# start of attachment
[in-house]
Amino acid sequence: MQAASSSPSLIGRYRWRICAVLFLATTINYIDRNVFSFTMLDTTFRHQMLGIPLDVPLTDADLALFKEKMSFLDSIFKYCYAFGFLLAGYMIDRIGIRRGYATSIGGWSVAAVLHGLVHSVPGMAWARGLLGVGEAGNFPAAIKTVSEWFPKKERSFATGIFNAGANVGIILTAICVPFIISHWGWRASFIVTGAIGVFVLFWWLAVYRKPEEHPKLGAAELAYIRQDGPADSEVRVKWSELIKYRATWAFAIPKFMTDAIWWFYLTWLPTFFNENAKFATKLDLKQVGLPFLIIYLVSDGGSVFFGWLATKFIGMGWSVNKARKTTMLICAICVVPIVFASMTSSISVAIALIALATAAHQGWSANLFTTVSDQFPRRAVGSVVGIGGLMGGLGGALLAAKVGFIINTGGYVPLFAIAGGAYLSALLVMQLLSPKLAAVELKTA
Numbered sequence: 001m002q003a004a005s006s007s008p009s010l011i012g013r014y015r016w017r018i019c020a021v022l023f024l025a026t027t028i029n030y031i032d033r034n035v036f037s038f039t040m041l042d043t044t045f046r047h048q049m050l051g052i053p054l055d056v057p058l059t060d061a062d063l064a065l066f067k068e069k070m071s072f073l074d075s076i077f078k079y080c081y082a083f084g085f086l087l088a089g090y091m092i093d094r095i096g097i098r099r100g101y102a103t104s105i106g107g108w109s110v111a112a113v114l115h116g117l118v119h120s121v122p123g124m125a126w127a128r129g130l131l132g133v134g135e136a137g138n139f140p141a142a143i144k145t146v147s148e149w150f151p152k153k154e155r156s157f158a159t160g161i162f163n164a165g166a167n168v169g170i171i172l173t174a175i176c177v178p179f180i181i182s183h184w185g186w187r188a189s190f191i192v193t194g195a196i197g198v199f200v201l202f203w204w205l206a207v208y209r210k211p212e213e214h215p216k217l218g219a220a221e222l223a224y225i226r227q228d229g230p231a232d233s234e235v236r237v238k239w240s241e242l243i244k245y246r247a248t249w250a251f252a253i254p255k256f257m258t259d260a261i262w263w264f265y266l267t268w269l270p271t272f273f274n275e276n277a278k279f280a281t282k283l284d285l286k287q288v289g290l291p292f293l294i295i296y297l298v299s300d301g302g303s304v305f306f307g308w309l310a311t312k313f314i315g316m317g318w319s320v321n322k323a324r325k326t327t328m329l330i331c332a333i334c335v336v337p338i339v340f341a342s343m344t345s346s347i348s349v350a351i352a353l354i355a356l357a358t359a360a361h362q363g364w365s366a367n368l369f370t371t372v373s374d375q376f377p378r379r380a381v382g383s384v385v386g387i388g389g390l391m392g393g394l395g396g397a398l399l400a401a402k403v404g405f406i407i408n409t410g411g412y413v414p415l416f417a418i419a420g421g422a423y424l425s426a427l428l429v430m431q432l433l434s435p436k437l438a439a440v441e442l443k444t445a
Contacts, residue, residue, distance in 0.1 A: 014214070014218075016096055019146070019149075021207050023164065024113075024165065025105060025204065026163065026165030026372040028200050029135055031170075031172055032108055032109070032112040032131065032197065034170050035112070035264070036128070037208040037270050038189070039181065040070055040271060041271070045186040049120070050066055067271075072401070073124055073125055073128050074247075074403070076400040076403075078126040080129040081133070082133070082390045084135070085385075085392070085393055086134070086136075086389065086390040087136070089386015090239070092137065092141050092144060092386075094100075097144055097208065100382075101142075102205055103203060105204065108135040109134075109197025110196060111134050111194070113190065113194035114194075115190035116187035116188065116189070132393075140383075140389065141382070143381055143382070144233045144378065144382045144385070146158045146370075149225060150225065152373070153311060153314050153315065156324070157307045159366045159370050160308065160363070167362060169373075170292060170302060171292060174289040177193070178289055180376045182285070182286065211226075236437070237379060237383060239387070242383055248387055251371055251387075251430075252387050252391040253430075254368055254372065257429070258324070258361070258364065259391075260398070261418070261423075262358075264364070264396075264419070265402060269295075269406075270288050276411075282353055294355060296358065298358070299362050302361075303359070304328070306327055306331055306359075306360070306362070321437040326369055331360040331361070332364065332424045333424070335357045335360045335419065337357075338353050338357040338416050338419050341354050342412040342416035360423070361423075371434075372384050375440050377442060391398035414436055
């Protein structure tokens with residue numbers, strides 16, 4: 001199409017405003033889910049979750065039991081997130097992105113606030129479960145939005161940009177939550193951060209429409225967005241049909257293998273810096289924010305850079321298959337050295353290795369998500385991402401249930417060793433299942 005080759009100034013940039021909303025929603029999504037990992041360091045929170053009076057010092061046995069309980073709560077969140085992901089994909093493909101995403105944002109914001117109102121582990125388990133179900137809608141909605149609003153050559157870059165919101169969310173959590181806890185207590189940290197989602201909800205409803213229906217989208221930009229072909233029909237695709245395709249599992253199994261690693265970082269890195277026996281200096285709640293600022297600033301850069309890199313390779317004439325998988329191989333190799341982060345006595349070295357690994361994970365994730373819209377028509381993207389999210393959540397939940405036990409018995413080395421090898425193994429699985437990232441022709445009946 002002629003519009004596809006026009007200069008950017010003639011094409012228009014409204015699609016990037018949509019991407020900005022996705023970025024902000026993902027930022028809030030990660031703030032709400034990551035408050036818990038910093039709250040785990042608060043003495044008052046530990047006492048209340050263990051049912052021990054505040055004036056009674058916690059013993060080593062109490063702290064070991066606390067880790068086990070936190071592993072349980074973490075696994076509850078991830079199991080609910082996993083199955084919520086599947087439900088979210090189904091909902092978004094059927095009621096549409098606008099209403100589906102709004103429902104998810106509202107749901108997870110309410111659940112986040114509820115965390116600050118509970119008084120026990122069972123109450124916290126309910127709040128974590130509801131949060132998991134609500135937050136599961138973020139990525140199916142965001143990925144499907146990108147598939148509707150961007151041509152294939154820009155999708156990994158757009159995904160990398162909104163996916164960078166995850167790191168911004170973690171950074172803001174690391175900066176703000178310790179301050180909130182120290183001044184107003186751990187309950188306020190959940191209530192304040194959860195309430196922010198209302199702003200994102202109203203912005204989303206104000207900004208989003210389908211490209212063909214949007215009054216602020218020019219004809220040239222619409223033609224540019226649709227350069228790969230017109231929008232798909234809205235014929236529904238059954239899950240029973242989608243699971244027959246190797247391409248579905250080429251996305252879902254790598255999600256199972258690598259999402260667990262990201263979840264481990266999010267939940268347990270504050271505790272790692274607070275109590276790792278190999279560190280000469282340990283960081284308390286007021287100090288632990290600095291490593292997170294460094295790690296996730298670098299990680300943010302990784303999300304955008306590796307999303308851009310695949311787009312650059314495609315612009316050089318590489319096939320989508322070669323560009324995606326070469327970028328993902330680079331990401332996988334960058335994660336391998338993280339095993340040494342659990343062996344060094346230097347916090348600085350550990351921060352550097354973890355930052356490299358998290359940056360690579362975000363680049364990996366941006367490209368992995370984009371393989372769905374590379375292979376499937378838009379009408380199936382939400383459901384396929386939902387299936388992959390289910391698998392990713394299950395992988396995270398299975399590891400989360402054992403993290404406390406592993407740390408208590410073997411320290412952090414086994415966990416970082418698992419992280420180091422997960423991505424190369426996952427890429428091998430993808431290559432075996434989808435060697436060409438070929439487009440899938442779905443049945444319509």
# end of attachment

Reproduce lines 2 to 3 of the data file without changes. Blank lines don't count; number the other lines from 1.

Amino acid sequence: MQAASSSPSLIGRYRWRICAVLFLATTINYIDRNVFSFTMLDTTFRHQMLGIPLDVPLTDADLALFKEKMSFLDSIFKYCYAFGFLLAGYMIDRIGIRRGYATSIGGWSVAAVLHGLVHSVPGMAWARGLLGVGEAGNFPAAIKTVSEWFPKKERSFATGIFNAGANVGIILTAICVPFIISHWGWRASFIVTGAIGVFVLFWWLAVYRKPEEHPKLGAAELAYIRQDGPADSEVRVKWSELIKYRATWAFAIPKFMTDAIWWFYLTWLPTFFNENAKFATKLDLKQVGLPFLIIYLVSDGGSVFFGWLATKFIGMGWSVNKARKTTMLICAICVVPIVFASMTSSISVAIALIALATAAHQGWSANLFTTVSDQFPRRAVGSVVGIGGLMGGLGGALLAAKVGFIINTGGYVPLFAIAGGAYLSALLVMQLLSPKLAAVELKTA
Numbered sequence: 001m002q003a004a005s006s007s008p009s010l011i012g013r014y015r016w017r018i019c020a021v022l023f024l025a026t027t028i029n030y031i032d033r034n035v036f037s038f039t040m041l042d043t044t045f046r047h048q049m050l051g052i053p054l055d056v057p058l059t060d061a062d063l064a065l066f067k068e069k070m071s072f073l074d075s076i077f078k079y080c081y082a083f084g085f086l087l088a089g090y091m092i093d094r095i096g097i098r099r100g101y102a103t104s105i106g107g108w109s110v111a112a113v114l115h116g117l118v119h120s121v122p123g124m125a126w127a128r129g130l131l132g133v134g135e136a137g138n139f140p141a142a143i144k145t146v147s148e149w150f151p152k153k154e155r156s157f158a159t160g161i162f163n164a165g166a167n168v169g170i171i172l173t174a175i176c177v178p179f180i181i182s183h184w185g186w187r188a189s190f191i192v193t194g195a196i197g198v199f200v201l202f203w204w205l206a207v208y209r210k211p212e213e214h215p216k217l218g219a220a221e222l223a224y225i226r227q228d229g230p231a232d233s234e235v236r237v238k239w240s241e242l243i244k245y246r247a248t249w250a251f252a253i254p255k256f257m258t259d260a261i262w263w264f265y266l267t268w269l270p271t272f273f274n275e276n277a278k279f280a281t282k283l284d285l286k287q288v289g290l291p292f293l294i295i296y297l298v299s300d301g302g303s304v305f306f307g308w309l310a311t312k313f314i315g316m317g318w319s320v321n322k323a324r325k326t327t328m329l330i331c332a333i334c335v336v337p338i339v340f341a342s343m344t345s346s347i348s349v350a351i352a353l354i355a356l357a358t359a360a361h362q363g364w365s366a367n368l369f370t371t372v373s374d375q376f377p378r379r380a381v382g383s384v385v386g387i388g389g390l391m392g393g394l395g396g397a398l399l400a401a402k403v404g405f406i407i408n409t410g411g412y413v414p415l416f417a418i419a420g421g422a423y424l425s426a427l428l429v430m431q432l433l434s435p436k437l438a439a440v441e442l443k444t445a